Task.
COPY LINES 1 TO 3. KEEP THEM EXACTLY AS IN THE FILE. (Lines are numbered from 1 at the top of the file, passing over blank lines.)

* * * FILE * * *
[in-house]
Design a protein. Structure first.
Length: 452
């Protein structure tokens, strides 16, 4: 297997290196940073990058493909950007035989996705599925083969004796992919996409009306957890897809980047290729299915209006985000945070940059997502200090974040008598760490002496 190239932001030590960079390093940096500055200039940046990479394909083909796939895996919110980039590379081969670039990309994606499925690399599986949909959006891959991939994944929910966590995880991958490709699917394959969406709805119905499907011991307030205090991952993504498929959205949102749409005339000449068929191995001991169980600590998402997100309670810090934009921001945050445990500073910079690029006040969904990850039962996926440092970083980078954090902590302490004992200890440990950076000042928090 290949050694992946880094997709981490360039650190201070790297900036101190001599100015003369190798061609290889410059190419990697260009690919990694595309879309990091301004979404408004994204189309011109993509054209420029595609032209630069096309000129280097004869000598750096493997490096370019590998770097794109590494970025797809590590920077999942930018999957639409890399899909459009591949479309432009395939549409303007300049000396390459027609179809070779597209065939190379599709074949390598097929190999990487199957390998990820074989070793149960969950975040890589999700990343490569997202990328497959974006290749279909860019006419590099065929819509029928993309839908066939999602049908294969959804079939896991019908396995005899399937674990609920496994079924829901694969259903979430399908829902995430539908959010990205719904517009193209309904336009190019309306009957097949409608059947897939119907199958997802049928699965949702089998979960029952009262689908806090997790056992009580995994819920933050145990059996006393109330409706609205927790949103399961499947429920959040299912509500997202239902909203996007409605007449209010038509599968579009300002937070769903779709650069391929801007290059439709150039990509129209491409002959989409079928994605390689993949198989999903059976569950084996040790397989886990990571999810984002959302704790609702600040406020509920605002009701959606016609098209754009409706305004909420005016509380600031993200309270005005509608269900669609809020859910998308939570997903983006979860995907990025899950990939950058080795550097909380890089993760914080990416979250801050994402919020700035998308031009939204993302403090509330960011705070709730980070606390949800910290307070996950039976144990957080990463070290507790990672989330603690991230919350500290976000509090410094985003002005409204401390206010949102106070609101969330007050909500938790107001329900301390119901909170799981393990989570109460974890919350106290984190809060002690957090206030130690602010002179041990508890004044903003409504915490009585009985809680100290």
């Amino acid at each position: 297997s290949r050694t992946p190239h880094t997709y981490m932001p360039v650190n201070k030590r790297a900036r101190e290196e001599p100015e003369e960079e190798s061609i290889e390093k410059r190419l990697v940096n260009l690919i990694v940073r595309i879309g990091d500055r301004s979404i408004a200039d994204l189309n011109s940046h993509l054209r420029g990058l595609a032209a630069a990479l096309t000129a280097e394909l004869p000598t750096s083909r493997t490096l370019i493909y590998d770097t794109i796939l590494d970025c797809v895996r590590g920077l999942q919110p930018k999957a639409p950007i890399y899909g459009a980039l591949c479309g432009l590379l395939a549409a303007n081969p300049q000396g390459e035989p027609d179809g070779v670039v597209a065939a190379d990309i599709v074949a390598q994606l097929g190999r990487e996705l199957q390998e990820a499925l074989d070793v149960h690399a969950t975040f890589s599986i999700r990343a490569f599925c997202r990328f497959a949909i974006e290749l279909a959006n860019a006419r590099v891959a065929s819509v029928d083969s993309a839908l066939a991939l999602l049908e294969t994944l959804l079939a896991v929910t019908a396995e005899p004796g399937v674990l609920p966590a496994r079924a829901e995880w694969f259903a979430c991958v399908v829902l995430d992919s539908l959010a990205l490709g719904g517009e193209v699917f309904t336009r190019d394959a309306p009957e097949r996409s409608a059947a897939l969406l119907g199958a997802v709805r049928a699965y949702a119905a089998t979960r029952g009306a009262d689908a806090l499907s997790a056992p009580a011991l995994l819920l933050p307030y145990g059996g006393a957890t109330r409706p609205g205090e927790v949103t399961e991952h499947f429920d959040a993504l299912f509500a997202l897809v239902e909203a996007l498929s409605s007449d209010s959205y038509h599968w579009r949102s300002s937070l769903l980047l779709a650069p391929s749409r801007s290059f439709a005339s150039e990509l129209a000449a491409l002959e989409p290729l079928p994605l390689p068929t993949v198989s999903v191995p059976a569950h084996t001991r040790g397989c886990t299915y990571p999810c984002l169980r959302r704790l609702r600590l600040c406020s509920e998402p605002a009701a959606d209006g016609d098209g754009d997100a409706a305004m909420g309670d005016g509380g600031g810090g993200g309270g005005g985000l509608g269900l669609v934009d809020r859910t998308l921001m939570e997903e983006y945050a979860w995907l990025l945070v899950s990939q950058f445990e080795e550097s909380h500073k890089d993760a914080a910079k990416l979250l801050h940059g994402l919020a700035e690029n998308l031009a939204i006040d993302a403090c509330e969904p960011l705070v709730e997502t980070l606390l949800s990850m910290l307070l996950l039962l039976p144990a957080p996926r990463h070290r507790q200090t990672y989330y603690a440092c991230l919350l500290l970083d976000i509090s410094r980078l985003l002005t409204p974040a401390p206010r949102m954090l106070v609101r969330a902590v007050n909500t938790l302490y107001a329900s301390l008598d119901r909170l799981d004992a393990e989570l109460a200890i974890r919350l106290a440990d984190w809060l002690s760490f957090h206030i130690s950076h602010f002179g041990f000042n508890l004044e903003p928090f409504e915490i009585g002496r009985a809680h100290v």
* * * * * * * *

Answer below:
[in-house]
Design a protein. Structure first.
Length: 452